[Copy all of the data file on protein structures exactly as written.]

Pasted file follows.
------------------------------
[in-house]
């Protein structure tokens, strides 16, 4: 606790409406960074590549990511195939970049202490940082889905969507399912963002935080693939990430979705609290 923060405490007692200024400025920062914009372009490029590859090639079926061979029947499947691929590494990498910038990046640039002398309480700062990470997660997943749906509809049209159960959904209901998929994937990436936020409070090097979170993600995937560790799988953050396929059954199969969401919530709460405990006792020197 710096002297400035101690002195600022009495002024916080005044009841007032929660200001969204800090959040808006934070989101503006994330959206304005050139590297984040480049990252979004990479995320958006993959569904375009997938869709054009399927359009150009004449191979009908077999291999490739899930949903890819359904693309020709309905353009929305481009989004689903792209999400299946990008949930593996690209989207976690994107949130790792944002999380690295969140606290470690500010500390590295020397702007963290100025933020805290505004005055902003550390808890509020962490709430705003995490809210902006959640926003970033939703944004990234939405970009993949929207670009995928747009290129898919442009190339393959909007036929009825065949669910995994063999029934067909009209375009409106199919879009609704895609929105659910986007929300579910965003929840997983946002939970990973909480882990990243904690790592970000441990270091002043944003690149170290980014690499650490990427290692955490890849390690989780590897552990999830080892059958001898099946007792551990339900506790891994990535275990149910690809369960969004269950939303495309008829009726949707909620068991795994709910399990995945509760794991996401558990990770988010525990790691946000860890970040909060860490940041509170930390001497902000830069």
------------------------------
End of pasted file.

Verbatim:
[in-house]
């Protein structure tokens, strides 16, 4: 606790409406960074590549990511195939970049202490940082889905969507399912963002935080693939990430979705609290 923060405490007692200024400025920062914009372009490029590859090639079926061979029947499947691929590494990498910038990046640039002398309480700062990470997660997943749906509809049209159960959904209901998929994937990436936020409070090097979170993600995937560790799988953050396929059954199969969401919530709460405990006792020197 710096002297400035101690002195600022009495002024916080005044009841007032929660200001969204800090959040808006934070989101503006994330959206304005050139590297984040480049990252979004990479995320958006993959569904375009997938869709054009399927359009150009004449191979009908077999291999490739899930949903890819359904693309020709309905353009929305481009989004689903792209999400299946990008949930593996690209989207976690994107949130790792944002999380690295969140606290470690500010500390590295020397702007963290100025933020805290505004005055902003550390808890509020962490709430705003995490809210902006959640926003970033939703944004990234939405970009993949929207670009995928747009290129898919442009190339393959909007036929009825065949669910995994063999029934067909009209375009409106199919879009609704895609929105659910986007929300579910965003929840997983946002939970990973909480882990990243904690790592970000441990270091002043944003690149170290980014690499650490990427290692955490890849390690989780590897552990999830080892059958001898099946007792551990339900506790891994990535275990149910690809369960969004269950939303495309008829009726949707909620068991795994709910399990995945509760794991996401558990990770988010525990790691946000860890970040909060860490940041509170930390001497902000830069």